Historical and Contemporary Romance Author

Told You So: Why Digital Royalty Rates Matter More Than Ever

A little over a year ago, I wrote a post on Digital Rights for the New Millenium, in which I urged authors (especially the bestselling ones with clout) to push their New York publishers for a bigger cut of digital royalties. I said it was important to establish a higher threshhold on these royalty rates or we’d all live to regret it.

I hate to say I told you so*, but with today’s announcement that Dorchester Publishing is converting to an ebook first followed by trade POD structure beginning in next month, I have to say I think I’m looking kind of prescient. How many authors out there have contracts with Dorchester specifying very low digital royalty rates (<25%)? I'm betting a TON. Whether they are authors who have only backlists with Dorchester or new books coming out with them, these folks are in a lot of trouble financially unless they can get Dorchester to renegotiate their royalty rates. The Dorchester situation should be a wake-up call to authors. We've known for a while that Dorchester was having financial problems--they sold a lot of their backlist authors to HarperCollins and were recently banned from holding editor appointments or a publisher spotlight at the RWA National Conference due to non-payment/late payment of royalties. But I don't think it's remotely safe to assume that Dorchester will be the last of the "traditional publishers" to go this route. In fact, I'd lay odds that other publishers will follow suit and that, within the next ten years (if not sooner), the vast majority of publishers will be using this model for all but their bestselling authors/books. So, I'll say it again. Digital royalty rates matter. A lot. Even if the majority of your sales TODAY are in print, the same may not be the case tomorrow. And your publisher might, at the drop of a hat, decide to go the way of Dorchester and begin releasing your books in digital only followed by a POD months later. Do you really want to be in the position of taking 15% or 20% of net in this situation? I sure as heck don't.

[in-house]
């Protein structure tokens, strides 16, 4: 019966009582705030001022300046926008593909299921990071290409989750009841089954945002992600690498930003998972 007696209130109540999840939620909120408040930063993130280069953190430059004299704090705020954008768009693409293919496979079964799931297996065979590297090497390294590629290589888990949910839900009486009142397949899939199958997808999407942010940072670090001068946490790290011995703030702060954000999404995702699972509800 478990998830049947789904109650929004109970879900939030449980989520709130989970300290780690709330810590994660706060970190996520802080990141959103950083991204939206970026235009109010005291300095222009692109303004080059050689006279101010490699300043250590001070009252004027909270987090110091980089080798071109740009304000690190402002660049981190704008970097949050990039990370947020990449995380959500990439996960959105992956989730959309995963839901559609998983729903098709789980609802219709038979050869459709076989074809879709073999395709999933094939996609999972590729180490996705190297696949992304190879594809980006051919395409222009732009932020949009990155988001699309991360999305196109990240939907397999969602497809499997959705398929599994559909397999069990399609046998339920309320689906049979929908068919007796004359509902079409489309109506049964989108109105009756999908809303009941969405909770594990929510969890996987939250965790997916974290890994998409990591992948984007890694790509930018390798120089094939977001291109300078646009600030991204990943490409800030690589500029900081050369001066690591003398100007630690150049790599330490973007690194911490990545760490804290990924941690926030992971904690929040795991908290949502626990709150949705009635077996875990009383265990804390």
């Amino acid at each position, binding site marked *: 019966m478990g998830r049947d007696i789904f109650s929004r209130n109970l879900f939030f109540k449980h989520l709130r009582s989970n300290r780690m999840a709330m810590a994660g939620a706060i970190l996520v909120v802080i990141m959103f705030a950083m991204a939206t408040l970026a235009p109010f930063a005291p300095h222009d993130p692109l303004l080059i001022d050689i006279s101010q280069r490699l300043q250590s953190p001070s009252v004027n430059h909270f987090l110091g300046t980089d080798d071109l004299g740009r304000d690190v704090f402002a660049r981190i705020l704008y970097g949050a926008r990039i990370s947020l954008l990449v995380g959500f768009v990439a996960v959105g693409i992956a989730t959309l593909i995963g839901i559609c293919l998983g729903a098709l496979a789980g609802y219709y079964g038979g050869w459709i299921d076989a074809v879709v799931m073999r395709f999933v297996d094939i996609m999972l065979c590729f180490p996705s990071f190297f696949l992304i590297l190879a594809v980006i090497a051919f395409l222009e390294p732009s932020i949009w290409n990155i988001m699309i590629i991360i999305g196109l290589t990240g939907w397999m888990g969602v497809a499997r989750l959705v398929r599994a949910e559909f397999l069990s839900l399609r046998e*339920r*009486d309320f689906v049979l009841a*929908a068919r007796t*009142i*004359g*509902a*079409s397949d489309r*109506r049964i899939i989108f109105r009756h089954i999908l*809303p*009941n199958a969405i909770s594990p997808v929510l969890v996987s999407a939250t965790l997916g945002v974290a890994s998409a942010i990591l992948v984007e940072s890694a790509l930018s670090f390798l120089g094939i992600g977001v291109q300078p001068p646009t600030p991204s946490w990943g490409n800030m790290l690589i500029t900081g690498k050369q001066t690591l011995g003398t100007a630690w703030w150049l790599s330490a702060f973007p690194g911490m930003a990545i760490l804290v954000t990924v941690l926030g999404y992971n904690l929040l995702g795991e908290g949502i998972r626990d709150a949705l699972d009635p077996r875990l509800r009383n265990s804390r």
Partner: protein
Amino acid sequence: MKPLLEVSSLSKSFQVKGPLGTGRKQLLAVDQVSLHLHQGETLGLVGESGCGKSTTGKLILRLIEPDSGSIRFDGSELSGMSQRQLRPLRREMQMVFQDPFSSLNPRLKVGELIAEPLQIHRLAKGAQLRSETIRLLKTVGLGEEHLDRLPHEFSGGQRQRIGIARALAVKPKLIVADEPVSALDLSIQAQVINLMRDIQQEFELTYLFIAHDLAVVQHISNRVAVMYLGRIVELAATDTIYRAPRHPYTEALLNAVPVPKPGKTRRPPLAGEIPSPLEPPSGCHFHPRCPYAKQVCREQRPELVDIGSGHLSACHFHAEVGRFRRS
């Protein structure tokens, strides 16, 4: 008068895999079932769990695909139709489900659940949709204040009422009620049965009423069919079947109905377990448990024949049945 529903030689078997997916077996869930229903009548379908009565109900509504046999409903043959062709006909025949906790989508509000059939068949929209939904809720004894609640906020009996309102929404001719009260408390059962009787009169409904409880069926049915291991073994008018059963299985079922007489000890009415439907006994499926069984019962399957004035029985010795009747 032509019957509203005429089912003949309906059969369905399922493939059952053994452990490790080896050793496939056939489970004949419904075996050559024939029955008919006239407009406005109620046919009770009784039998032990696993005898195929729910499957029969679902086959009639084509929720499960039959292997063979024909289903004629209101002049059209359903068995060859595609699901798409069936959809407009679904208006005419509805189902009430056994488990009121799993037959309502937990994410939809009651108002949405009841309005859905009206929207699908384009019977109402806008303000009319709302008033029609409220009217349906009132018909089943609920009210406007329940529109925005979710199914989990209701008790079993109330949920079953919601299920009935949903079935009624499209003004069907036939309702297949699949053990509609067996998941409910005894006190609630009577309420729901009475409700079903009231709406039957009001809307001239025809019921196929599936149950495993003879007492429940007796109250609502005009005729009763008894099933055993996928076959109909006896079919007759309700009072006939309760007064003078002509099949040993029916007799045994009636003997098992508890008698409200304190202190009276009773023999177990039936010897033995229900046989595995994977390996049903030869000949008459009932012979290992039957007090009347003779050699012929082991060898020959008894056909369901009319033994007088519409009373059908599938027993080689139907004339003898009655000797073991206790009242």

*Okay, actually, that’s a lie. I LOVE to say I told you so.

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